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University of Iowa News Release

 

March 13, 2007

UI Researchers Announce New Emphysema Treatment Study

Researchers at the University of Iowa Hospitals and Clinics today announced the start of the EASE (Exhale Airway Stents for Emphysema) Trial, an international, multi-center clinical trial to explore an investigational treatment that may offer a significant new, minimally invasive option for those suffering with advanced widespread emphysema.

The study focuses on a procedure called airway bypass that involves creating pathways in the lung for trapped air to escape and, in turn, relieve emphysema symptoms including shortness of breath.

Emphysema is a chronic, progressive and irreversible lung disease characterized by the destruction of lung tissue. The loss of the lungs' natural elasticity and the collapse of airways in the lung combine to make exhalation ineffective, leaving the emphysema sufferer with hyperinflation because they cannot get air out of their lungs. With hyperinflation, breathing becomes inefficient and the patient is always short of breath. Even the most nominal physical activities become difficult for emphysema patients and many become dependent on oxygen therapy.

"We are excited to be part of this study because currently there are limited treatment options for emphysema patients. Patients are often in poor physical condition, struggling with each breath," stated Geoffrey McLennan, M.D., principal investigator of the study at UI Hospitals and Clinics. "By creating new pathways for airflow with the airway bypass procedure, we hope to reduce hyperinflation and improve lung function. If patients can breathe easier, it is likely to improve their quality of life."

During airway bypass, physicians will use a flexible bronchoscope to go through the mouth into the airways. There the physician will create new small pathways and place an Exhale Drug-Eluting Stent -- manufactured by Broncus Technologies, Inc. -- to allow the trapped air in the lung to escape. Patients could see an immediate improvement in dyspnea (shortness of breath).

"The airway bypass procedure could be an excellent option for those who would possibly spend years on a lung transplant list or not be suitable candidates for lung transplant surgery, which is one of the only other treatment options available for patients with this type of emphysema," McLennan said.

Physicians commonly use bronchoscopes to examine the airways within the lungs. During the airway bypass procedure, physicians will first use a Doppler probe inserted through the bronchoscope to identify a site in the airway that is away from blood vessels. A special needle is then used to make a small opening and an Exhale Drug-Eluting Stent is placed in the passageway to keep it open. The procedure involves placing up to six drug-eluting stents. The total time of the procedure is approximately one to two hours. This procedure is still under clinical investigation, but early data suggest it may hold promise for patients with emphysema.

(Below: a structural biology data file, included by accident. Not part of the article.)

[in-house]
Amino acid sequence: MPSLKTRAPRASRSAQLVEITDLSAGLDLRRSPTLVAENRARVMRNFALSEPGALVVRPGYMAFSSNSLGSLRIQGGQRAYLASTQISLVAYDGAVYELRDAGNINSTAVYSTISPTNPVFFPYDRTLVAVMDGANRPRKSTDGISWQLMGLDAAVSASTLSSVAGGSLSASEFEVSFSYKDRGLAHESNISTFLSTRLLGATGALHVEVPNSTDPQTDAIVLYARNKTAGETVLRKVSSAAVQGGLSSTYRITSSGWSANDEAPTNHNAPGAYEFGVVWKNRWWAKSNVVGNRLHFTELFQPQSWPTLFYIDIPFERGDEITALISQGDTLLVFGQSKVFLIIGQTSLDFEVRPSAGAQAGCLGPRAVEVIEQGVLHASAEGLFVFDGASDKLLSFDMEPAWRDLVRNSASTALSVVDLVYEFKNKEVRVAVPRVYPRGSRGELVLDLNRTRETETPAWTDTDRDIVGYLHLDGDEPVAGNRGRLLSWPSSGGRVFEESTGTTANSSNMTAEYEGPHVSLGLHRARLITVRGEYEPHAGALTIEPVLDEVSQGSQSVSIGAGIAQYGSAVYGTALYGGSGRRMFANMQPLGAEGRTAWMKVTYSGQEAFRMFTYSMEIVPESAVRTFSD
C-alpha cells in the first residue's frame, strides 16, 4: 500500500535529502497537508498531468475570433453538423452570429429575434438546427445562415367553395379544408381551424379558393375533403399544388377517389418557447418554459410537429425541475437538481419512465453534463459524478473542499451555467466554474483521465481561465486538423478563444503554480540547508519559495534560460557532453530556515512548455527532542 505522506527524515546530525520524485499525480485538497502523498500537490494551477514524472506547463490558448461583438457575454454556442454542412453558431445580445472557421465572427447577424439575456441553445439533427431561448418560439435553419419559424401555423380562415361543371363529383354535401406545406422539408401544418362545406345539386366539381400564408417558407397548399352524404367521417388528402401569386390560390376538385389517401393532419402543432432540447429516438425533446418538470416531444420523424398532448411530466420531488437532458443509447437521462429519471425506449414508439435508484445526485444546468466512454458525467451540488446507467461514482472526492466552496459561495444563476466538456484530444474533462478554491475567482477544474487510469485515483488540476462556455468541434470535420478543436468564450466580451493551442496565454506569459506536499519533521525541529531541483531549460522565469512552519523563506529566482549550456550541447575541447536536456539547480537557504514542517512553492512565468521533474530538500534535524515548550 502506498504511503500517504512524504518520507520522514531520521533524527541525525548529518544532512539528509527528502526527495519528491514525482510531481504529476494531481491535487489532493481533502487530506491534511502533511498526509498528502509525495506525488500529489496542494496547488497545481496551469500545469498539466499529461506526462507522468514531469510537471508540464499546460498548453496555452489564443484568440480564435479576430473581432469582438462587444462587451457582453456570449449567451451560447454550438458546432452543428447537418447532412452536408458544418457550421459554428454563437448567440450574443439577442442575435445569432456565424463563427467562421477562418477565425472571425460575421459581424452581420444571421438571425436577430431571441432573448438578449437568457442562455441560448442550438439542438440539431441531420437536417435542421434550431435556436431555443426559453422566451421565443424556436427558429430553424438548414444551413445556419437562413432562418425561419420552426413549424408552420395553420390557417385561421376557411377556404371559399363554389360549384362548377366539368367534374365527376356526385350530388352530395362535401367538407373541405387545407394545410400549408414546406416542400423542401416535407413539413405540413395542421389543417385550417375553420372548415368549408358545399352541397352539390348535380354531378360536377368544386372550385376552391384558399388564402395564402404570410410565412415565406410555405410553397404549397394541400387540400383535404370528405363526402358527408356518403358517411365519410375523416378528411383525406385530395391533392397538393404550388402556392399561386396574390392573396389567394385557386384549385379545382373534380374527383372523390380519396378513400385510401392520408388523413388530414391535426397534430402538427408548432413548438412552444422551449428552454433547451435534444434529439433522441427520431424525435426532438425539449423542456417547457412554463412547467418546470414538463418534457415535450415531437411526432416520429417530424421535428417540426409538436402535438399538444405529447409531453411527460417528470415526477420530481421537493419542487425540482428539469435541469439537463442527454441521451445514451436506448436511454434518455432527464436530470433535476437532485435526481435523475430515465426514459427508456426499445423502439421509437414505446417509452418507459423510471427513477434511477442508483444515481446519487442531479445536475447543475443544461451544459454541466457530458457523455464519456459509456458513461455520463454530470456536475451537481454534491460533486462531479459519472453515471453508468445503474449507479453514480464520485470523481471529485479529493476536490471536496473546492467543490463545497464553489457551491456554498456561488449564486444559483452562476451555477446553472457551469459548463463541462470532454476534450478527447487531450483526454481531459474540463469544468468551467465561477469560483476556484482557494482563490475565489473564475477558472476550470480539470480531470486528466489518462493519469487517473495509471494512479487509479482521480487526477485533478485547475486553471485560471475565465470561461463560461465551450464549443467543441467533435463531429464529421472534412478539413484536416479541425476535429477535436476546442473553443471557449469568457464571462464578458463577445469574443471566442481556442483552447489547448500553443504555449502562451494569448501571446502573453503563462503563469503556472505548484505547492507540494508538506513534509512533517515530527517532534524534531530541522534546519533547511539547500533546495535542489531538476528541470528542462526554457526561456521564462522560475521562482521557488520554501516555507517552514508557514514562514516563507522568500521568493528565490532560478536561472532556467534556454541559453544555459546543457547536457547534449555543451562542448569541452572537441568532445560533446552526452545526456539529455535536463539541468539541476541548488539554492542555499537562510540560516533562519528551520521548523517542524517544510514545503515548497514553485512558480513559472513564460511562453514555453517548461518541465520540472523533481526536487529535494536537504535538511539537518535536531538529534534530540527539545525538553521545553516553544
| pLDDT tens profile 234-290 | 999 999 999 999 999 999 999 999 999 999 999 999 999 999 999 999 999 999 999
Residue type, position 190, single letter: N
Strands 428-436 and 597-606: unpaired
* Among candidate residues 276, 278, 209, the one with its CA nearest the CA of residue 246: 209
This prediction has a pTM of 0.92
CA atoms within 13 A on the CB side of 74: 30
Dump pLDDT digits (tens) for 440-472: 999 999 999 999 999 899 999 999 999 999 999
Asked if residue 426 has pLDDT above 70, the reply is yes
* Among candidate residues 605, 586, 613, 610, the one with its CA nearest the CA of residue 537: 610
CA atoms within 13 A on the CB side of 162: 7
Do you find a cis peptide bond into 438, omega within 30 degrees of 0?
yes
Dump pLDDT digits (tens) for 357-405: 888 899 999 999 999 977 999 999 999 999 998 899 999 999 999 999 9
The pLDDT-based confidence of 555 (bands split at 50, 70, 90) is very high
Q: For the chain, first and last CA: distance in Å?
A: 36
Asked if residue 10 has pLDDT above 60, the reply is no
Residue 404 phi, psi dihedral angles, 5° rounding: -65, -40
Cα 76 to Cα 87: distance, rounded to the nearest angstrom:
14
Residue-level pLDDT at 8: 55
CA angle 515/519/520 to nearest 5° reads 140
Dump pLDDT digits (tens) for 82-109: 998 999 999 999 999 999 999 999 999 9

Emphysema affects an estimated 60 million people worldwide with more than three million sufferers in the United States. There is no cure for emphysema.

UI Hospitals and Clinics is currently recruiting patients for the EASE Trial. Involvement in the study will last from approximately 15 months up to five years (depending on if the patient is randomized to the control or the treatment group) and include eight to 16 physician appointments. All study-related medical procedures will be carried out at no charge to the patient, and patients will be closely monitored throughout the trial. Participants will also receive at least 14 weeks of pulmonary rehabilitation therapy.

If you or someone you know over age 35 has been diagnosed with advanced widespread emphysema and no longer smokes (or would be willing to stop smoking two months prior to the study), you may qualify to participate in this study. For more information please call 866-431-3273 or visit http://www.EASEtrialUS.com.

-- About Broncus Technologies:

Broncus Technologies is helping people breathe easier by developing bronchoscopic interventions for the treatment of chronic lung diseases. Founded in 1997, Broncus Technologies has developed the Exhale Drug-Eluting Stent for use in the airway bypass procedure, a minimally invasive procedure to treat emphysema. Airway bypass creates new pathways in the lung for air to escape and may potentially improve the breathing abilities of patients with emphysema. Broncus Technologies is currently conducting the pivotal EASE Trial to evaluate the safety and efficacy of airway bypass in the treatment of advanced widespread emphysema. For more information visit http://www.broncus.com.

NOTES TO EDITORS:

For more information on the EASE Trial at UI Hospitals and Clinics or to schedule an interview with Geoffrey McLennan, M.D., contact Tom Moore at 319-356-3945 or thomas-moore@uiowa.edu.

For general information on the EASE Trial, airway bypass, or Broncus Technologies, please contact Meghan Oreste at 617-823-1441 or moreste@comcast.net.

For questions about enrolling in the trial call 866-431-3273 or visit http://www.EASEtrialUS.com

McLennan has no personal direct financial affiliation with Broncus Technologies Inc. The study is sponsored by Broncus Technologies, Inc. Broncus and Exhale are trademarks of Broncus Technologies, Inc.

STORY SOURCE: Joint Office for Marketing and Communications, University of Iowa Health Care, 200 Hawkins Drive, Room E110 GH, Iowa City, Iowa 52242-1009

MEDIA CONTACT: Tom Moore, 319-356-3945, thomas-moore@uiowa.edu.